862 F.2d 180
Dennis MENDEL and Thelma Mendel, husband and wife,
PRODUCTION CREDIT ASSOCIATION OF THE MIDLANDS, formerly
Mitchell-Huron Production Credit Association,
PRODUCTION CREDIT ASSOCIATION OF THE MIDLANDS, F/D/B/A
Mitchell-Huron Production Credit Association,
Dennis MENDEL and Thelma Mendel, Defendants-Appellants.
No. 87-5323 SD.
United States Court of Appeals,
Submitted Feb. 9, 1988.
Decided Dec. 6, 1988.
Fred Hendrickson, Sioux Falls, S.D., for plaintiffs-appellants.
Steven Johnson, Yankton, S.D., for defendant-appellee.
Before HEANEY and MAGILL, Circuit Judges, and FAIRCHILD*, Senior Circuit Judge.
FAIRCHILD, Senior Circuit Judge.
Plaintiffs Dennis and Thelma Mendel brought an action in a South Dakota court against Production Credit Association of the Midlands (PCAM). PCAM is a federal corporate entity with its principal place of business in Nebraska. On June 13, 1986, PCAM removed the case to the United States District Court for the District of South Dakota, showing diversity of citizenship in that the Mendels are citizens and residents of Arizona.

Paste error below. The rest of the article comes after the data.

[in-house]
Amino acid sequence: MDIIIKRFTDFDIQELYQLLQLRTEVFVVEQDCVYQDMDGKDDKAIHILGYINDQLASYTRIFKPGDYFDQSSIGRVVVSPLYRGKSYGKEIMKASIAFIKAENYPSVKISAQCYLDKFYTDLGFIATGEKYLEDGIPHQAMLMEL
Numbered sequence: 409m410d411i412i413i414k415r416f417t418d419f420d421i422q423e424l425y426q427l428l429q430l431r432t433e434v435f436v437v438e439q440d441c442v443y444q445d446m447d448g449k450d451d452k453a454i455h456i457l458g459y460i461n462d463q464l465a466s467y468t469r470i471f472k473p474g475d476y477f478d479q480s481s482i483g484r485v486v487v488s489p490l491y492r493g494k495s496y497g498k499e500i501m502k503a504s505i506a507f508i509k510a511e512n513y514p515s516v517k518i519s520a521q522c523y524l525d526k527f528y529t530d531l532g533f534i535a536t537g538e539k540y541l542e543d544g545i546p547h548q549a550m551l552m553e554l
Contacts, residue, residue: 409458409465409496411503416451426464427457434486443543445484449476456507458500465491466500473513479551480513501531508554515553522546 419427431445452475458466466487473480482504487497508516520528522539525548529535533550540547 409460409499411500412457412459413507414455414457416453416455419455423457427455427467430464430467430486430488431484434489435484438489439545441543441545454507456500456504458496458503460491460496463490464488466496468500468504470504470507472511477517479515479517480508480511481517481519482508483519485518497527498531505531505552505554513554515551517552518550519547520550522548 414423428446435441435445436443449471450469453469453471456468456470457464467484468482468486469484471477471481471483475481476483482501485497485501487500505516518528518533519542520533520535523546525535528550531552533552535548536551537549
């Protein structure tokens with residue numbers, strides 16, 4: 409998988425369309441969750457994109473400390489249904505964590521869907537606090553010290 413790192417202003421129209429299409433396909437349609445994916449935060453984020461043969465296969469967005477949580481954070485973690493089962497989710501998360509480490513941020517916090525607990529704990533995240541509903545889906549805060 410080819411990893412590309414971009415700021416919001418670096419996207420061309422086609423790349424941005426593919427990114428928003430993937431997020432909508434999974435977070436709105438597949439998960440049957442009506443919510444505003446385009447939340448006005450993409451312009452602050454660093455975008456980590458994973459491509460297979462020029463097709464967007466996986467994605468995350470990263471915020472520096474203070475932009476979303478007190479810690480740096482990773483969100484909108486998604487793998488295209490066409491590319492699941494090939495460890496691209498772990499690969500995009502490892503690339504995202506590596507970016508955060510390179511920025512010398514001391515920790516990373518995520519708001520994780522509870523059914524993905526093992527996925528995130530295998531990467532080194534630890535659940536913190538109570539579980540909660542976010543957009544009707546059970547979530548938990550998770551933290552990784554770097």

Plaintiffs formerly were farmers, residing in South Dakota, and had borrowed from PCAM. PCAM was formerly Mitchell-Huron Production Credit Association, with an office in South Dakota, and the loan transactions underlying the action appear to have been carried out in South Dakota. The parties appear to accept South Dakota law as governing substantive state law questions.
The removed action became CIV 86-4104. In this action, plaintiffs sought damages for alleged failures to perform duties owed to them under provisions of the Farm Credit Act and its Amendments, including rules, regulations, and policies thereunder.
On June 9, 1986, PCAM brought a diversity action against the Mendels in the same federal district court, seeking recovery on promissory notes, and an order that the Mendels turn over proceeds of sale of personal property securing the notes. This action is CIV 86-4098.